Why Early Retirement Isn’t For Me

Why Early Retirement Isn’t For Me

The personal finance blogosphere is full of great writers and wonderful blogs. So much so that I consider myself a bit of a personal finance nerd. It is not unusual for me, in a weekend, to devour a couple dozen blog posts, write two of my own, listen to personal finance radio shows like Dave Ramsey or Ric Edelman, and watch YouTube videos of people who have paid off their debt. I even will listen to a podcast or look at potential webinar.

A common theme among many bloggers in this world, as I have mentioned before, is to have FIRE (Financial Independence Retire Early). My plan along has been to the FI part of FIRE. And while the RE (retire early) part of that equation sounds great I don’t think I could retire early. At least not in the sense of some great blogs out there like Think, Save, Retire, Mr. Money Mustache, Root of Good, Retire by 40 and others.

Reasons for Wanting to Work Full-Time

Now before I go any further let me note that many personal finance bloggers who have retired early didn’t stop working altogether. They just choose to work on different things or they choose when they want to work. However, they aren’t a “slave” to the 9-5 job in order to make things work. That said I have some important personal reasons that I will probably continue to work in the profession I am in for at least another decade or more.

First, simply put I like my job. As a college professor every day is different. I encounter new people, new ideas, etc. Sure I complain about meetings and grading, but in the grand scheme of things I just enjoy my job. I enjoy my students. I enjoy my colleagues. I enjoy the opportunities that come with my job.

Second, I feel intellectually engaged with my position. One of the things that is really important to me is be constantly engaged intellectually in a larger public debate. My primary specialty is the study of language and politics. While other people were bemoaning the election (and I was a bit) I was actually in heaven because of the constant back and forth regarding politics. I love it. I love the fact that I get to write, research, and speak on things that I am passionate about. How many other people can say that?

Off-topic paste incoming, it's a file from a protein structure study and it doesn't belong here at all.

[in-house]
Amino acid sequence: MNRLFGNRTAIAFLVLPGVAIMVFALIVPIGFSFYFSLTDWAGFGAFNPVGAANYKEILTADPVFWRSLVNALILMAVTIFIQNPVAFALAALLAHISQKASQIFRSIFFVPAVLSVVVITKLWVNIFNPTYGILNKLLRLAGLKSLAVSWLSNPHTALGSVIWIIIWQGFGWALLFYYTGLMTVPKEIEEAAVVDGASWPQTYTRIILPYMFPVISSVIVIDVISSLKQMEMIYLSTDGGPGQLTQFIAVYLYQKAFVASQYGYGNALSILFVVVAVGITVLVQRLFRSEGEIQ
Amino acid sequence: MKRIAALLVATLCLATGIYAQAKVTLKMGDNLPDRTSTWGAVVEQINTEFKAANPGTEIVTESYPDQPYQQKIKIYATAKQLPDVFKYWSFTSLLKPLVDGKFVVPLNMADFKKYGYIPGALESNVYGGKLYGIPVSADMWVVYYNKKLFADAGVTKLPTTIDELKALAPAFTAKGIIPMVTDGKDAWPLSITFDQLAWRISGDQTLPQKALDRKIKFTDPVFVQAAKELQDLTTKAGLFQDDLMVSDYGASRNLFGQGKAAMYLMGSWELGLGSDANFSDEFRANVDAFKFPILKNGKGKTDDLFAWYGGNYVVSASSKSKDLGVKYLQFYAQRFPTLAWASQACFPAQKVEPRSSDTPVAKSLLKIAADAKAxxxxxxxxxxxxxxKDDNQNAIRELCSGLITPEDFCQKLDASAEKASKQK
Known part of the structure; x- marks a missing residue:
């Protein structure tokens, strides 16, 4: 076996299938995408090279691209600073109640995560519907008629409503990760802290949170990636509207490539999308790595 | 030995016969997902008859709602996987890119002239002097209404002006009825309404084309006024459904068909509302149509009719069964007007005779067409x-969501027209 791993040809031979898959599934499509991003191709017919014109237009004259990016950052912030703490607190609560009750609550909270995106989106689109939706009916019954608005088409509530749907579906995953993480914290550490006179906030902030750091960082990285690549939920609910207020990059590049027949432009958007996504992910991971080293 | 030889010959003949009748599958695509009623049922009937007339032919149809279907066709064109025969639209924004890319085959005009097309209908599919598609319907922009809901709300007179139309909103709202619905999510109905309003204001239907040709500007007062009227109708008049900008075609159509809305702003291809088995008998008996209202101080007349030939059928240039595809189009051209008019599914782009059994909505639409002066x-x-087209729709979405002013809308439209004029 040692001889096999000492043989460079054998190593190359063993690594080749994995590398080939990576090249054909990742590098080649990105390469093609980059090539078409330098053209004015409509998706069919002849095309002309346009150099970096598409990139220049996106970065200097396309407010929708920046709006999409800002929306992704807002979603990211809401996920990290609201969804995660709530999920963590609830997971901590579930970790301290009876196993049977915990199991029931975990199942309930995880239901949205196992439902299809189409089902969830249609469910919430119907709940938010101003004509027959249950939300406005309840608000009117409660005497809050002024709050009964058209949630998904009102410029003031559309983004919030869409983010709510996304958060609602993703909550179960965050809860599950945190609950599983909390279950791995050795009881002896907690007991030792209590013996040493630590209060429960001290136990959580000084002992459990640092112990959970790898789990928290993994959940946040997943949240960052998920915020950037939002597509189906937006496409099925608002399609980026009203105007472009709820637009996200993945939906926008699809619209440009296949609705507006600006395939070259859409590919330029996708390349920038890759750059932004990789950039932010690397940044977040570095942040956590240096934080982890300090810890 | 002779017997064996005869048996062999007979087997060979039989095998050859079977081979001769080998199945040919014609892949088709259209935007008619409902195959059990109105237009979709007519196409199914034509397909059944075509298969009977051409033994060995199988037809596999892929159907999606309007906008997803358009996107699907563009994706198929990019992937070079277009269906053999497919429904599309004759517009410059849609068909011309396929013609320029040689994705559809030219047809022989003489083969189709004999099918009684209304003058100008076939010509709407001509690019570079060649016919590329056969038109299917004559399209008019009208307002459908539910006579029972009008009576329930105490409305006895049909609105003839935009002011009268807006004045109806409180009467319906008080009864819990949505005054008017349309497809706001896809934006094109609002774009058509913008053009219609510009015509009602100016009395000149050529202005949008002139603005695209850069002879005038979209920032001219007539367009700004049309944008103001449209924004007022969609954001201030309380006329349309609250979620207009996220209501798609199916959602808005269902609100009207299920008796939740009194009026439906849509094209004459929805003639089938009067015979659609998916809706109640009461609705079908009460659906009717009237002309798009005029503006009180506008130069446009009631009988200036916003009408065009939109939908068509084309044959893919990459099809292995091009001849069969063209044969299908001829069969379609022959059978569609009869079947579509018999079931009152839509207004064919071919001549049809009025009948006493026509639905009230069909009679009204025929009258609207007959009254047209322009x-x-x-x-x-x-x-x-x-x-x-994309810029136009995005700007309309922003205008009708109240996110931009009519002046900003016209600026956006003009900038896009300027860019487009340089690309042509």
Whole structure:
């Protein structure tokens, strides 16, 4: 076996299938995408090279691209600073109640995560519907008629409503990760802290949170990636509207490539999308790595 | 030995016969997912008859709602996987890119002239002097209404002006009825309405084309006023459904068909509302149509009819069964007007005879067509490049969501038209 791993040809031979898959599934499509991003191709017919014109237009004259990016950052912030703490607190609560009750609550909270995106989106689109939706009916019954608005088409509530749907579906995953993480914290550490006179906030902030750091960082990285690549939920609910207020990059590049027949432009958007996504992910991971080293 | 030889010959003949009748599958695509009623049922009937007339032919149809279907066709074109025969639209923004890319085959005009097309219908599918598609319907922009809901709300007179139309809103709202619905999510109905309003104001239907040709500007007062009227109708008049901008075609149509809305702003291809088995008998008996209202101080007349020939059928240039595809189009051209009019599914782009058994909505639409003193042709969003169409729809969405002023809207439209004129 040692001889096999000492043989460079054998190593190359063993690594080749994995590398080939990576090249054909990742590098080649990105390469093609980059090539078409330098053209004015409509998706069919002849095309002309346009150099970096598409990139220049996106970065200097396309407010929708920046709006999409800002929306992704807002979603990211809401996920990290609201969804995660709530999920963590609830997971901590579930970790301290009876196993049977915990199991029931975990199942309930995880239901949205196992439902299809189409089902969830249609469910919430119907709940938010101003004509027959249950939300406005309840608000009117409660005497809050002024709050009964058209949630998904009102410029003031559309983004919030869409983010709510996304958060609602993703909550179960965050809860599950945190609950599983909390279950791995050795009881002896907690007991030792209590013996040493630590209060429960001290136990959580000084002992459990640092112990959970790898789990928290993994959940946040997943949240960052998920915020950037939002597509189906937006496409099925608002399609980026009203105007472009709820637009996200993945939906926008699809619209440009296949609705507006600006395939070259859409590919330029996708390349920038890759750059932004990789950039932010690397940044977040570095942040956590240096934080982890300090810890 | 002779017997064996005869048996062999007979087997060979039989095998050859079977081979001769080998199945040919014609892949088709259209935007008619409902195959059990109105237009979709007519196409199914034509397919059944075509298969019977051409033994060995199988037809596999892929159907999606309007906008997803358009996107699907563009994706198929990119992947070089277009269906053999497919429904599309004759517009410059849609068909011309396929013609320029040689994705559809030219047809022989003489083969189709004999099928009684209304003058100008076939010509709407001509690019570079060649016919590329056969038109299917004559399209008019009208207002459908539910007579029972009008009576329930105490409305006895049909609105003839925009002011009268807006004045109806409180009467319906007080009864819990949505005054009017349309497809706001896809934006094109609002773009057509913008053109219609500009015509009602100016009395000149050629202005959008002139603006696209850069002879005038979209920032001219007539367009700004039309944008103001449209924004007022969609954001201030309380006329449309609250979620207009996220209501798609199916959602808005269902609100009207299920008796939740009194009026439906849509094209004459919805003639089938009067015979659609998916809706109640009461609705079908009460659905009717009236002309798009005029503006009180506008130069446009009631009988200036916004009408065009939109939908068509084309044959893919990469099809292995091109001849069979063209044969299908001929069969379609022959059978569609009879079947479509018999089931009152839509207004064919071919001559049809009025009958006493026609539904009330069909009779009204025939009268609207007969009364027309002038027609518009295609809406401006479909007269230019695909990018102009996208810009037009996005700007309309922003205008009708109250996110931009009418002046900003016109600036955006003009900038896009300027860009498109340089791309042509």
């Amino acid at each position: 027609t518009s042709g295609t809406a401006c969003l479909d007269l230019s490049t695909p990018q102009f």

Third, I don’t have the financial resources to retire early. The plain fact is that I just don’t have the financial resources to retire early. I didn’t start really saving for retirement until 10 years ago. In that time I have built a six figure retirement portfolio (much closer to lower six figures than the two comma club). If I was closer to the two comma club I might consider FIRE, but I am not. And by my calculations with savings and the like I won’t be there for a good decade or so. By that time I am in my early 50s. If I receive an inheritance (unlikely and I don’t want too because that means my parents have passed away) then I guess again I may rethink it. But I just don’t have the financial resources to do so.

Fourth, I need to work to pay off debt. A major subject of this blog has been my struggle and journey to pay off debt, primarily student loan and mortgage debt. Well, I still have a considerable amount of student loan debt, as does Mrs. ROB. We are on the student loan forgiveness plans for our student loan debt. I have had trepidations about it in the past and now I wish I would have pulled my head out of my keister to at least enroll in income-based repayment plans way back when. I could have these things paid off next year if I hadn’t been such a moron. However, I still have 9 years of payments so that means I will be working for a while, unless I can somehow accelerate those payments. But even if that happens, Mrs. ROB still has to pay hers off so that will take as long, if not longer.

Fifth, I get to travel with my job. One of the things I love to do is travel. I have been to over 20 countries and my job has allowed to me to go to several of them. Because I am a pretty active researcher I present research at conferences in different places across the globe. I have presented research in Norway, Belgium, Denmark, China, United Arab Emirates, Czech Republic, and Australia. I also have taken students to Greece and will be taking them to South Africa in January. I have taught in China for two weeks. All of this have been paid for, in part, by my university. I now try to use any kind of travel money I receive to pair research with travel abroad. I get to satisfy my desire to produce and present research with traveling the world and on someone else’s dime. Not a bad gig if you ask me. Plus, all of the great people I have met during my time at these conferences.

Sixth, I don’t want to reinvent myself. The truth is I am comfortable being a professor/teacher. It is really part of my identity as a person. I don’t want to give that up. I am not sure what I would do if I did retire early. I am sure I would work and the idea of not having to do deal with certain things at my job (e.g. meetings) and get all of the benefits (travel, students, great colleagues) is appealing, but not necessarily realistic. I am working on something right now that might lead to a reinvention someday that involves education, but to get another job or to reinvent myself at 43 isn’t something I want to do.